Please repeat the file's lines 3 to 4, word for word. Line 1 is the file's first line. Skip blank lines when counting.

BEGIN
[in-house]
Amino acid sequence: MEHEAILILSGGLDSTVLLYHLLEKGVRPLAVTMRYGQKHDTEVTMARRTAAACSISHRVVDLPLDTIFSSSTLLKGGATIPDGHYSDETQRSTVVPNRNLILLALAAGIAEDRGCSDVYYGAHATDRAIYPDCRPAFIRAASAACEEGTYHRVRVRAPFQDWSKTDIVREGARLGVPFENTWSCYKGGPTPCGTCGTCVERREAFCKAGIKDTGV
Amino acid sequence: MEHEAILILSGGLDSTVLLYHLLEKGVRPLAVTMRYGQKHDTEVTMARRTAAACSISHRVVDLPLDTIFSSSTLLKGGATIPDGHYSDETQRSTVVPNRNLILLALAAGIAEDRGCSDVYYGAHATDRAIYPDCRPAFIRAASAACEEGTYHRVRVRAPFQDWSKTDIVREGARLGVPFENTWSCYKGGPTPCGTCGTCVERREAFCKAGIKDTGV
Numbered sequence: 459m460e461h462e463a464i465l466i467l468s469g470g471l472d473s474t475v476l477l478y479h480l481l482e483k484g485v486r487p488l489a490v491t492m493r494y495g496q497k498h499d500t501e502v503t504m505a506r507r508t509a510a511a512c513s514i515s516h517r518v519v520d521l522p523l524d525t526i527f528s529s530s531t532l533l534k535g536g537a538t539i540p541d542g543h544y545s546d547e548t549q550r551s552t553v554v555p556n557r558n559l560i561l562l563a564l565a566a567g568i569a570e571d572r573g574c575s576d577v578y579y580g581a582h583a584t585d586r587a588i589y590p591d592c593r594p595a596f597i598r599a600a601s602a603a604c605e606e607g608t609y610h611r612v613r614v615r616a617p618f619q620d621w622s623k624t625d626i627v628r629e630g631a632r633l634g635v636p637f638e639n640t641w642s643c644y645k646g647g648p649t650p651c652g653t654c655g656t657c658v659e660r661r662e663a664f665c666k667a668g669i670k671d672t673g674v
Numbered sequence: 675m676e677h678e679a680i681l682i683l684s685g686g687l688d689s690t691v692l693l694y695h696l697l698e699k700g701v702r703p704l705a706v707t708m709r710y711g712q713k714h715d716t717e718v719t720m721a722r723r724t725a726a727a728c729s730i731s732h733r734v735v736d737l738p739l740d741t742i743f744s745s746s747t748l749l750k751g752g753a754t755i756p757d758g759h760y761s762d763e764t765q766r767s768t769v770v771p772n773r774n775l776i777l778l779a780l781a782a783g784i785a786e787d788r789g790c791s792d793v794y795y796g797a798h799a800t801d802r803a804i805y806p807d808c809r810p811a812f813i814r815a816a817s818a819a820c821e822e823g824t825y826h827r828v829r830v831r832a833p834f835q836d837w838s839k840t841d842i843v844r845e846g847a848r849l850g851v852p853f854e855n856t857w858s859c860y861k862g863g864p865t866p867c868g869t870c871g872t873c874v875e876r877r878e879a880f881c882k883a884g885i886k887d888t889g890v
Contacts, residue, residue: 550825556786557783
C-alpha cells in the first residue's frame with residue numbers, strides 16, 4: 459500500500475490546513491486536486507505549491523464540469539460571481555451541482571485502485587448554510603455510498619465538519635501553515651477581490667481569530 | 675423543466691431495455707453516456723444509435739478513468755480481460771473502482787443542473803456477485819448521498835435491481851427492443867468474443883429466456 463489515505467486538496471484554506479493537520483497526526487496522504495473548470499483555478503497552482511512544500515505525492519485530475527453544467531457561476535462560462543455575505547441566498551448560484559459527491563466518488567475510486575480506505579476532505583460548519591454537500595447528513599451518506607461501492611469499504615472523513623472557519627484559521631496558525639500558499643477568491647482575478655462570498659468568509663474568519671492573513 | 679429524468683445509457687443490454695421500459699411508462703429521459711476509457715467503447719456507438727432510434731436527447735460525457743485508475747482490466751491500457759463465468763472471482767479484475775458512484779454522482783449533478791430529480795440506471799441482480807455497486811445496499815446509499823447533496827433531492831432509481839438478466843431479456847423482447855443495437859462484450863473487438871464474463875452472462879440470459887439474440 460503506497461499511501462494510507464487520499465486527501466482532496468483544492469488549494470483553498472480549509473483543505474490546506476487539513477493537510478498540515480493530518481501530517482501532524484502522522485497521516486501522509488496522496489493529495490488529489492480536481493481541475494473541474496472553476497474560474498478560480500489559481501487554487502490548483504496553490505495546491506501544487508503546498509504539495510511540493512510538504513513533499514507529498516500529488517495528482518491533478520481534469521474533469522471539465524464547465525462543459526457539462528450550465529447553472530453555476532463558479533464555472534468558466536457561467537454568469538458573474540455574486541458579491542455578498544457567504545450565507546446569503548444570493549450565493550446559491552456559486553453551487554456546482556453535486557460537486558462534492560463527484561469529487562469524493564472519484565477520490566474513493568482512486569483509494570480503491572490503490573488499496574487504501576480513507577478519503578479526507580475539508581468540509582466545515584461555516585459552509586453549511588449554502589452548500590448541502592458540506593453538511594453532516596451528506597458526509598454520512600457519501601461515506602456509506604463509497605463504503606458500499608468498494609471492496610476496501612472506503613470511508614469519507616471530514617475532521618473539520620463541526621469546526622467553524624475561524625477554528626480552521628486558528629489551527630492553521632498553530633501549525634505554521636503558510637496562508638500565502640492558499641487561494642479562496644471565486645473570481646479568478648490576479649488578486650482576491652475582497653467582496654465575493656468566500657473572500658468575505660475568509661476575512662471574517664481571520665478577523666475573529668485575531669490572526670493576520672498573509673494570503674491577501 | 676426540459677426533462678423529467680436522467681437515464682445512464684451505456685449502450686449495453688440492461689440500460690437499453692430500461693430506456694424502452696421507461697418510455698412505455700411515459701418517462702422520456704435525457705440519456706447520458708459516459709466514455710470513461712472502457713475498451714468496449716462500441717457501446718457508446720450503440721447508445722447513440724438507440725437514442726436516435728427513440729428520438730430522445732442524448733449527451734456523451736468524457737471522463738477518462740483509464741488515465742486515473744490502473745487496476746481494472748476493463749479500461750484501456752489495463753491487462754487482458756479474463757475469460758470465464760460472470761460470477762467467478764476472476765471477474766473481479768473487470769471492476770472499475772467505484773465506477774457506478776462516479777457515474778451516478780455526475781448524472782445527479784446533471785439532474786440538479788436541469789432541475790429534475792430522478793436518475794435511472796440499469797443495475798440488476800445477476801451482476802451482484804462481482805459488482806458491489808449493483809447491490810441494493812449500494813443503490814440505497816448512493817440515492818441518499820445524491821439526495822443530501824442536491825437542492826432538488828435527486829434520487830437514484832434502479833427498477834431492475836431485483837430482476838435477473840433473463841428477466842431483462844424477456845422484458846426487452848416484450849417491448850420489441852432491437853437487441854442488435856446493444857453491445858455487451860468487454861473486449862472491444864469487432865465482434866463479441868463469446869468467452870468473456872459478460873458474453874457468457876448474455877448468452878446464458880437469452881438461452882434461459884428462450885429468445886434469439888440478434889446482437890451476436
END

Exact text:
Amino acid sequence: MEHEAILILSGGLDSTVLLYHLLEKGVRPLAVTMRYGQKHDTEVTMARRTAAACSISHRVVDLPLDTIFSSSTLLKGGATIPDGHYSDETQRSTVVPNRNLILLALAAGIAEDRGCSDVYYGAHATDRAIYPDCRPAFIRAASAACEEGTYHRVRVRAPFQDWSKTDIVREGARLGVPFENTWSCYKGGPTPCGTCGTCVERREAFCKAGIKDTGV
Numbered sequence: 459m460e461h462e463a464i465l466i467l468s469g470g471l472d473s474t475v476l477l478y479h480l481l482e483k484g485v486r487p488l489a490v491t492m493r494y495g496q497k498h499d500t501e502v503t504m505a506r507r508t509a510a511a512c513s514i515s516h517r518v519v520d521l522p523l524d525t526i527f528s529s530s531t532l533l534k535g536g537a538t539i540p541d542g543h544y545s546d547e548t549q550r551s552t553v554v555p556n557r558n559l560i561l562l563a564l565a566a567g568i569a570e571d572r573g574c575s576d577v578y579y580g581a582h583a584t585d586r587a588i589y590p591d592c593r594p595a596f597i598r599a600a601s602a603a604c605e606e607g608t609y610h611r612v613r614v615r616a617p618f619q620d621w622s623k624t625d626i627v628r629e630g631a632r633l634g635v636p637f638e639n640t641w642s643c644y645k646g647g648p649t650p651c652g653t654c655g656t657c658v659e660r661r662e663a664f665c666k667a668g669i670k671d672t673g674v